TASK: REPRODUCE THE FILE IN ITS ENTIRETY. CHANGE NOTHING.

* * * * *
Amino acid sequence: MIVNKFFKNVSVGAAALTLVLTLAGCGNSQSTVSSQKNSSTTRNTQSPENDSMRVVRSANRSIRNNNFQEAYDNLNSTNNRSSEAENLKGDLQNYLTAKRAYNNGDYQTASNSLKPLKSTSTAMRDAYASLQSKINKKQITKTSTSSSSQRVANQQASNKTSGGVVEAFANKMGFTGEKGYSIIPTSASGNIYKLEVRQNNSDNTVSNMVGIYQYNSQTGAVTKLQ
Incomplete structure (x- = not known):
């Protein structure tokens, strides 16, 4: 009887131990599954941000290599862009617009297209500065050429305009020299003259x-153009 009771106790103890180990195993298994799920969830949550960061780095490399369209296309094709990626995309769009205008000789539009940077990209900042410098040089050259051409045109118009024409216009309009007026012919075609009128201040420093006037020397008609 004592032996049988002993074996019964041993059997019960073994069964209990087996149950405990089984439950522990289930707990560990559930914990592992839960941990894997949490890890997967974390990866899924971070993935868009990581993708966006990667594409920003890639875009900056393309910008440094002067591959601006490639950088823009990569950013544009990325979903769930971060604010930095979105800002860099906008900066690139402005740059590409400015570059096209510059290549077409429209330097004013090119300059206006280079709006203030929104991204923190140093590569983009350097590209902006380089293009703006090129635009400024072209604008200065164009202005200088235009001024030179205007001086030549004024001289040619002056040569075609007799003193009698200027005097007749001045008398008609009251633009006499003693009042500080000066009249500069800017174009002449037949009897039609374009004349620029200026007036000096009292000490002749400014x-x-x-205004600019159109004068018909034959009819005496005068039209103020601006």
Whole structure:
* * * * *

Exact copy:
Amino acid sequence: MIVNKFFKNVSVGAAALTLVLTLAGCGNSQSTVSSQKNSSTTRNTQSPENDSMRVVRSANRSIRNNNFQEAYDNLNSTNNRSSEAENLKGDLQNYLTAKRAYNNGDYQTASNSLKPLKSTSTAMRDAYASLQSKINKKQITKTSTSSSSQRVANQQASNKTSGGVVEAFANKMGFTGEKGYSIIPTSASGNIYKLEVRQNNSDNTVSNMVGIYQYNSQTGAVTKLQ
Incomplete structure (x- = not known):
């Protein structure tokens, strides 16, 4: 009887131990599954941000290599862009617009297209500065050429305009020299003259x-153009 009771106790103890180990195993298994799920969830949550960061780095490399369209296309094709990626995309769009205008000789539009940077990209900042410098040089050259051409045109118009024409216009309009007026012919075609009128201040420093006037020397008609 004592032996049988002993074996019964041993059997019960073994069964209990087996149950405990089984439950522990289930707990560990559930914990592992839960941990894997949490890890997967974390990866899924971070993935868009990581993708966006990667594409920003890639875009900056393309910008440094002067591959601006490639950088823009990569950013544009990325979903769930971060604010930095979105800002860099906008900066690139402005740059590409400015570059096209510059290549077409429209330097004013090119300059206006280079709006203030929104991204923190140093590569983009350097590209902006380089293009703006090129635009400024072209604008200065164009202005200088235009001024030179205007001086030549004024001289040619002056040569075609007799003193009698200027005097007749001045008398008609009251633009006499003693009042500080000066009249500069800017174009002449037949009897039609374009004349620029200026007036000096009292000490002749400014x-x-x-205004600019159109004068018909034959009819005496005068039209103020601006």
Whole structure: